Our titular heroine (Brie Larson) is first introduced in 1995 as Vers, a member of the elite — literally blue-blooded — race of Kree warriors. Vers is having pesky dreams of a different life, one in which her father and brother were mean to her about her desire to race go-karts, and an obnoxious pilot taunts her by saying “You do know why they call it a cockpit.” The source of these dreams becomes clear after Vers crash-lands into a Blockbuster Video back on Earth: Vers is really Air Force pilot Carol Danvers, and the dreams are memories from a former life, which ended when a 1989 plane crash left her with superpowers, and the Kree decided to rescue her and enlist her into their ranks. But their larger context never truly comes into focus.
That elision is particularly striking because the years during which the movie takes place were exceptionally fraught ones for women in the military. Carol is off-world in 1991, when the Tailhook scandal revealed that 83 women and seven men were allegedly sexually assaulted by more than 100 Marine Corps and Navy officers; in 1993, when the law that barred women from combat ships was repealed and Defense Secretary Les Aspin decided that women could fly combat missions; and in 1994, when President Bill Clinton declared the “don’t ask, don’t tell” policy. Just this week, Sen. Martha McSally (R-Ariz.), who became the first woman to pilot a plane in combat after Aspin lifted the ban, said that she had been raped by a superior officer during her time in the Air Force.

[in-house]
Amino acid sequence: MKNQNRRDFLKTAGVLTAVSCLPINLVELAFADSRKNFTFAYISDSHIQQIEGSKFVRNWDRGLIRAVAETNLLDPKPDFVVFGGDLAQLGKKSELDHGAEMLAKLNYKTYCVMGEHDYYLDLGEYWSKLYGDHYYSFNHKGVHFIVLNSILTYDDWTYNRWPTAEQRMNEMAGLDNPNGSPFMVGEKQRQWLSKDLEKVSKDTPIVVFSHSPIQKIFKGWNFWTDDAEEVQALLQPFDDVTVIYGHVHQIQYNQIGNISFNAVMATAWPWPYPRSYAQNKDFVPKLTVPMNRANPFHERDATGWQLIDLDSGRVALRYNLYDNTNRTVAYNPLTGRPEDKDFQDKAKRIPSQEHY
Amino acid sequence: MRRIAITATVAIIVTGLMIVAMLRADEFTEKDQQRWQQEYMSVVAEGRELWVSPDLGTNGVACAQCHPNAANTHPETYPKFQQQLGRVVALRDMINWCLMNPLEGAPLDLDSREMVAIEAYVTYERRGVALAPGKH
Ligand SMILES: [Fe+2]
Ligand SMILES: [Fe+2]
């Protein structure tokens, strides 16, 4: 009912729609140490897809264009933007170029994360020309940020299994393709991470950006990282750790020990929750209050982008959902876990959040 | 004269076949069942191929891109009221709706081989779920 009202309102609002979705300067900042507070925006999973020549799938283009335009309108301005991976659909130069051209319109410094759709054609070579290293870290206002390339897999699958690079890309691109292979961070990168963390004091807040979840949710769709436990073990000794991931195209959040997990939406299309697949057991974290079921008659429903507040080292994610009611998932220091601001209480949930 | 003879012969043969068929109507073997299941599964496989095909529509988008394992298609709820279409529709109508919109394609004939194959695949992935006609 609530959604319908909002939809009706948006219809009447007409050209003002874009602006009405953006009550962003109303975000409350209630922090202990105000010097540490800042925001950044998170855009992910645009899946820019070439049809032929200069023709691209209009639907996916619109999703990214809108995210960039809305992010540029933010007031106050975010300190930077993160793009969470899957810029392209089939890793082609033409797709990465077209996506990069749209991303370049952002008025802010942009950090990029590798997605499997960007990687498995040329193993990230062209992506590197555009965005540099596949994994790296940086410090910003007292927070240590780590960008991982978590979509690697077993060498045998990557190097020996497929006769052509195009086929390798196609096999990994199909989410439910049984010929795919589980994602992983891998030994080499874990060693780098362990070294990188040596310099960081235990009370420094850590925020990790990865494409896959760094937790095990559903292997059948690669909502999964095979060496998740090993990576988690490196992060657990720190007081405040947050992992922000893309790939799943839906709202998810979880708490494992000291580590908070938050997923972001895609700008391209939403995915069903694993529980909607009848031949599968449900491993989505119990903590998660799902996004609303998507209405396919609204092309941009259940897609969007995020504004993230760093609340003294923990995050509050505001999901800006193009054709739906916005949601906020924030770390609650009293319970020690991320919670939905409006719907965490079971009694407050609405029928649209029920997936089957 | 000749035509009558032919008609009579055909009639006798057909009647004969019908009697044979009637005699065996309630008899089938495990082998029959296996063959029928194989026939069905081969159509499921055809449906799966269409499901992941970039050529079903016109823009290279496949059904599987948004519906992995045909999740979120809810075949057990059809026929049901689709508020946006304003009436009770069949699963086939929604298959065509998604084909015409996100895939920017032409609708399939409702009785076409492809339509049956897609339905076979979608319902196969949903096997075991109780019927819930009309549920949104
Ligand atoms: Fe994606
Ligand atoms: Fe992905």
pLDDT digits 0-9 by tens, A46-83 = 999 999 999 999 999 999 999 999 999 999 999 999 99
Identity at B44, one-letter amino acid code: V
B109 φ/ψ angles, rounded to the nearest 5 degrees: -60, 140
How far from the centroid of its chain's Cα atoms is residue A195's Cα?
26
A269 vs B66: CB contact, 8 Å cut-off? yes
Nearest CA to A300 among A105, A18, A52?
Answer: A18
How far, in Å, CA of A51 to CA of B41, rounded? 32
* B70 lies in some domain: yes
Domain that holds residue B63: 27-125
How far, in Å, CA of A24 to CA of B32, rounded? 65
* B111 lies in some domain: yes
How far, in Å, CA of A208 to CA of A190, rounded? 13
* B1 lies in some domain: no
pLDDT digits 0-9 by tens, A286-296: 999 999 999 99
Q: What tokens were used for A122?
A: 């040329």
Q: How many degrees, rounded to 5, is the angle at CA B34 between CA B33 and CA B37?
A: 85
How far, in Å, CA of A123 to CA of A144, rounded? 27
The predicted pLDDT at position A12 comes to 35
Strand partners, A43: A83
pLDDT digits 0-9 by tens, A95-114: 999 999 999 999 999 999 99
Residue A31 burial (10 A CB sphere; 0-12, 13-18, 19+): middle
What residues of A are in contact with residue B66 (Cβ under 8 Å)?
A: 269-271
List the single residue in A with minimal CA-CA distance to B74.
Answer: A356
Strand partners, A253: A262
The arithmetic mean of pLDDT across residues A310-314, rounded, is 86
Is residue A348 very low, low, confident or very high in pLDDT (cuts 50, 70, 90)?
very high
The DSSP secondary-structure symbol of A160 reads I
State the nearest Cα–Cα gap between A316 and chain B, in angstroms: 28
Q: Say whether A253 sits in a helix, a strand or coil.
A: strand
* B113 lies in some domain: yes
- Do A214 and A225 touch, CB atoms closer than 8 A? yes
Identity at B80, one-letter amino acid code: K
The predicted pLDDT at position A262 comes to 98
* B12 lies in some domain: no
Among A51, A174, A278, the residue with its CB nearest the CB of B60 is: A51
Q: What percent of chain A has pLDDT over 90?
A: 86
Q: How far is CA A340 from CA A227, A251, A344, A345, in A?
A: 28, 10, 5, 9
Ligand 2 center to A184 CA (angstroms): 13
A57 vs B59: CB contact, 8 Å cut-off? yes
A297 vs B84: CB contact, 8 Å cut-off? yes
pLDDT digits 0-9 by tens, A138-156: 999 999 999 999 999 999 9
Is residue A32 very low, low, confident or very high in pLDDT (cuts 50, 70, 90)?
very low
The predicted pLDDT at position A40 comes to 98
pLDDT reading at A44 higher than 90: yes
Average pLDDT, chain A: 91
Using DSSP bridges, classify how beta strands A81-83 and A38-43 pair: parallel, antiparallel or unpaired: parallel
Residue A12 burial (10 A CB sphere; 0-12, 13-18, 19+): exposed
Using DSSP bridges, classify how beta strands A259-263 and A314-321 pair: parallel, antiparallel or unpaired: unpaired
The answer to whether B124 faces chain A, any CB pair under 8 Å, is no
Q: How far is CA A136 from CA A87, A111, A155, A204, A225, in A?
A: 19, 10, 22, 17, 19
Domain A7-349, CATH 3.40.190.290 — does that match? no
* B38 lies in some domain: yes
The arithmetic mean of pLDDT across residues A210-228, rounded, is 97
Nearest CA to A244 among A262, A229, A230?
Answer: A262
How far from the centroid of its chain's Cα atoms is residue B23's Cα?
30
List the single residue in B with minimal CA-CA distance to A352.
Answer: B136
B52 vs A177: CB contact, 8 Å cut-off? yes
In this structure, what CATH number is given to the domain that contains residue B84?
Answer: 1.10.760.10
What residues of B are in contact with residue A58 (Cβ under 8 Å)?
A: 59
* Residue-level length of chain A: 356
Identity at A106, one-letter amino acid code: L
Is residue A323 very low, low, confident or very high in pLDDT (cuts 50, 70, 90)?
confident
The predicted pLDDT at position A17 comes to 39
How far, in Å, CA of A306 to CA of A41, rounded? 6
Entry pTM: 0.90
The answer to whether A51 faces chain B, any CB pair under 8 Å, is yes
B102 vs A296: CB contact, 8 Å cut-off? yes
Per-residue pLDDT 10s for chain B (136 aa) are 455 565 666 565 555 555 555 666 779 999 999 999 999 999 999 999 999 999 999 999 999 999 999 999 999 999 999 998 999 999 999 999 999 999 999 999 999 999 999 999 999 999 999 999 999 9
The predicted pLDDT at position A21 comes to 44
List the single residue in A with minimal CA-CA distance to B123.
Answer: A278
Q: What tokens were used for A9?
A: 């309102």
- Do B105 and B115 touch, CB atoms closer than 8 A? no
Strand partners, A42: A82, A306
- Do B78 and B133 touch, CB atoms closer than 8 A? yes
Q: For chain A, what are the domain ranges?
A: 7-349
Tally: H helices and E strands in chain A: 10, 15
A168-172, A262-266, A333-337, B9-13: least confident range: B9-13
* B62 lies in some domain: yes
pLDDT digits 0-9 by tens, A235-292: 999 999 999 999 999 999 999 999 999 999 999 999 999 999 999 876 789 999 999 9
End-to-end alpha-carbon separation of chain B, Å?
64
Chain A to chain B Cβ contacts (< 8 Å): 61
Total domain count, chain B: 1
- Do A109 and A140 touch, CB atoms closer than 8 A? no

But just because Carol is absent from the planet during those events doesn’t mean they didn’t happen, or that her rude comrade-in-arms is an aberration rather than an expression of a specific culture. As a result, “Captain Marvel” often feels like its period setting was picked for the soundtrack opportunities or the chance to make pay phone, Blockbuster and AltaVista jokes rather than for its events and ideas. But unlike “Guardians of the Galaxy,” which uses 1980s music as a narrow strand of nostalgia tying its protagonist to his faraway origins on Earth, there were actual developments happening in 1990s America directly relevant to the ostensible themes of “Captain Marvel.”
The Marvel Cinematic Universe has long depended on its partnership with the Defense Department for access to equipment, military personnel and shooting locations. Likewise, the financial success of the franchise depends on calibrating its action sequences to feel simultaneously world-threatening and weightless so as to preserve the PG-13 ratings that keep the movies accessible to the widest possible audience. The cost of those corporate considerations has never felt so high as it does in “Captain Marvel,” which functions virtually as an ad for the Air Force, at great cost to its own themes.